Yesterday, President Obama did something unprecedented. He completely personalized an issue that he didn’t have to. Until yesterday, He was treading the road of Washington D.C. professional, political navigator…insider. But yesterday he made a surprise statement about the Trayvon Martin/George Zimmerman case. For at least a portion of those 18 minutes, he was no longer the President of the United States, but the president of black men in America. A risky stance when it’s open season on black men. But this was an important step and a step that only he could take. Black men have never had a president say “I am unapologetically one of you.” Conservative pundits are critical of him for identifying, for reminding us that 35 years ago it could have been him who was shot by a local vigilante; for reminding us that he has had people lock car doors when he walks by, women clutch their purses when they see him…just as I and millions of black men have had happen to them as well. But where were the criticisms when George W. Bush put in place tax cuts for the wealthiest Americans (largely white men) or when he made any number of statements about ‘conservative’ values (abortion, gay rights, affirmative action) that only spoke to a specific demographic of white Christians again, largely men? Yesterday, black men in America finally had their moment. Deal with it.
Yesterday, there was also a wonderful program on KQED, Forum with Dave Iverson, Assessing Racial Equality and Justice in 2013 America. His guests, Angela Glover Blackwell (PolicyLink), Eva Paterson (Equal Justice Society), and Peniel Joseph (Center for the Study of Race and Democracy, Tufts University) brought about a rich conversation that highlighted both the passion and the data behind how we actually see race today in America. The conversation between the panelists was extremely well balanced and full of great moments, including one where Angela Glover Blackwell said in response to a listener who said they were tired of the conversation about race, “I’m tired of having to come back to the same issues again, and again…but until I see progress, I’m not going to stop.” You can listen to the conversation and view the comments here.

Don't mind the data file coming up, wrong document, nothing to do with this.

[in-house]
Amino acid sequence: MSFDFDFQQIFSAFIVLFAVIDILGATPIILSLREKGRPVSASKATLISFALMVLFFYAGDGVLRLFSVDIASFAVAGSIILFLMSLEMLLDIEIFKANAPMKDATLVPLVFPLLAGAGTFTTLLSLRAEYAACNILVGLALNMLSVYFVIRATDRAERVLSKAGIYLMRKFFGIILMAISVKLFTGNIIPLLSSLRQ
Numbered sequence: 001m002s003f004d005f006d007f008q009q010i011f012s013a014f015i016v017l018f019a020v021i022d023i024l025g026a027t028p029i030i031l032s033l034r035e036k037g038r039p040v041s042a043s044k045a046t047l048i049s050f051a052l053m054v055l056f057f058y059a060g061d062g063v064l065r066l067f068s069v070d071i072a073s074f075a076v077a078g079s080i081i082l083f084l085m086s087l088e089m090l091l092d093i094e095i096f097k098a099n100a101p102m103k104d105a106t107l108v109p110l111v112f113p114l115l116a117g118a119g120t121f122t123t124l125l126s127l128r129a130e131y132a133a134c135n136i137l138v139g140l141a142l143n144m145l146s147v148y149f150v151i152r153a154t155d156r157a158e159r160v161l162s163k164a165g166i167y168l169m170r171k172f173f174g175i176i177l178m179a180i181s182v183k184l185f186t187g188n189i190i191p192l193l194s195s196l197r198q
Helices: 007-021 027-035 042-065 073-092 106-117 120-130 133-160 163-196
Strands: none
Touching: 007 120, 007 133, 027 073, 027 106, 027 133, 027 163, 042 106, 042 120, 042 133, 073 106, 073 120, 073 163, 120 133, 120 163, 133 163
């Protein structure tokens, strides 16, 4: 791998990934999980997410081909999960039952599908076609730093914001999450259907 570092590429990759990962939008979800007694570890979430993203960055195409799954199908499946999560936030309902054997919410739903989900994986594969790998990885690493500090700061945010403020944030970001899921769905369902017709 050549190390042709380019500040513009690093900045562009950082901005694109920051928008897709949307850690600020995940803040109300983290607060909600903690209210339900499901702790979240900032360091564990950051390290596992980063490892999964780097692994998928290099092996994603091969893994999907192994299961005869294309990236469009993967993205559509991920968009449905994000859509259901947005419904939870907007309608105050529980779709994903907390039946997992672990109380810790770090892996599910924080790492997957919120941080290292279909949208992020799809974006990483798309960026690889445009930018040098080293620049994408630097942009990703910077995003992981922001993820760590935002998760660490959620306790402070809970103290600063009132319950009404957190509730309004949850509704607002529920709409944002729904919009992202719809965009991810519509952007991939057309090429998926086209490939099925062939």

I’m using the word perspective today and pointing out these news items because I think it is crucial in this conversation, and as we start conversations about race that we maintain perspective. That we realize that our personal perspective is always skewed in the direction of our personal experience. If you have never been called a nigger in the street, you can’t understand what that feels like or what that does to your personal sense of safety. That is the only word in the American English language that carries with it an immediate association with specifically white oppression, violence and privilege. It is a word that no matter how much one may thing that blacks have ‘reclaimed’ it, will never be able to be anything other than a word of pure “otherization.” It creates a barrier with its history. In my comments on the KQED program, I reminded people who were complaining about the focus on “black/white” in the current conversation about race that our American perceptions of race are based almost entirely on the historical relationship between black and white. You cannot have a conversation about oppression and bigotry against Asians or Latinos or Native Americans in America without talking about blacks. Just look at the fact that the three groups I just referenced are identified by location or language; yet blacks are identified primarily by a color. It is the total anonymizing and obliteration of a history and the complete packaging in the context of oppression that s contained in the word nigger and that is why this conversation must continue. One can claim, Scoth-Irish ancestry, French, Chinese, Spanish, Mayan ancestry, but blacks in America can claim only a vast continent…Africa. We can’t point to tribes or recognized ethnic groups within the African diaspora, it was erased when our humanity was erased. When we simply became bodies that were part of the machine of America.
Although I believe that sexuality and gender oppression is the worst global issue, I believe that the lack of understanding between black and white is America’s worst issue by far. But that is my perspective and the perspective of every other person who has lived with the fear and cultural restriction that goes with our history. My perspective would, I’m sure be very different if I woke up every morning and never had to think about justifying my education or worrying about publicly expressing my solidarity with other black men for fear of being seen as a threat. But I will never know that for sure. All I can do is have compassion for your perspective and ask you to have compassion for mine.
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